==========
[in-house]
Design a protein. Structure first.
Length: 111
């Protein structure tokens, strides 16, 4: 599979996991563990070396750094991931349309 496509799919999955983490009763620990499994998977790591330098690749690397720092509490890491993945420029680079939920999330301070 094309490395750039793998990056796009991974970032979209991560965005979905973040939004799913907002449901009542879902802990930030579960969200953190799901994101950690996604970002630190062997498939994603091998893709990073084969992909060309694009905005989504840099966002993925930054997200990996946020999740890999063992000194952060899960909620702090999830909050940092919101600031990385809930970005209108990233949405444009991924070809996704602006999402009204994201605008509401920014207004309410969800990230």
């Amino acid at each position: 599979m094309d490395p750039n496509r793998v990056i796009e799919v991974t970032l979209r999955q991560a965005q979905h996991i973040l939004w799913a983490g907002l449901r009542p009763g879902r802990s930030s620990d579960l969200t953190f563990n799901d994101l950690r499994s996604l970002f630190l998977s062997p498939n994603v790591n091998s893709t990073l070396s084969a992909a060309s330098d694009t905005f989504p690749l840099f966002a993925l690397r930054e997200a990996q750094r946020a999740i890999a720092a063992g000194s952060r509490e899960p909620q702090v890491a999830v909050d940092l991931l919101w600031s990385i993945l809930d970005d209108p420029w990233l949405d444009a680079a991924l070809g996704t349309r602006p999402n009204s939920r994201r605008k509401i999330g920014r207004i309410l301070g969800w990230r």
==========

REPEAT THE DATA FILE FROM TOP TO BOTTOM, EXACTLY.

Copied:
[in-house]
Design a protein. Structure first.
Length: 111
């Protein structure tokens, strides 16, 4: 599979996991563990070396750094991931349309 496509799919999955983490009763620990499994998977790591330098690749690397720092509490890491993945420029680079939920999330301070 094309490395750039793998990056796009991974970032979209991560965005979905973040939004799913907002449901009542879902802990930030579960969200953190799901994101950690996604970002630190062997498939994603091998893709990073084969992909060309694009905005989504840099966002993925930054997200990996946020999740890999063992000194952060899960909620702090999830909050940092919101600031990385809930970005209108990233949405444009991924070809996704602006999402009204994201605008509401920014207004309410969800990230």
């Amino acid at each position: 599979m094309d490395p750039n496509r793998v990056i796009e799919v991974t970032l979209r999955q991560a965005q979905h996991i973040l939004w799913a983490g907002l449901r009542p009763g879902r802990s930030s620990d579960l969200t953190f563990n799901d994101l950690r499994s996604l970002f630190l998977s062997p498939n994603v790591n091998s893709t990073l070396s084969a992909a060309s330098d694009t905005f989504p690749l840099f966002a993925l690397r930054e997200a990996q750094r946020a999740i890999a720092a063992g000194s952060r509490e899960p909620q702090v890491a999830v909050d940092l991931l919101w600031s990385i993945l809930d970005d209108p420029w990233l949405d444009a680079a991924l070809g996704t349309r602006p999402n009204s939920r994201r605008k509401i999330g920014r207004i309410l301070g969800w990230r």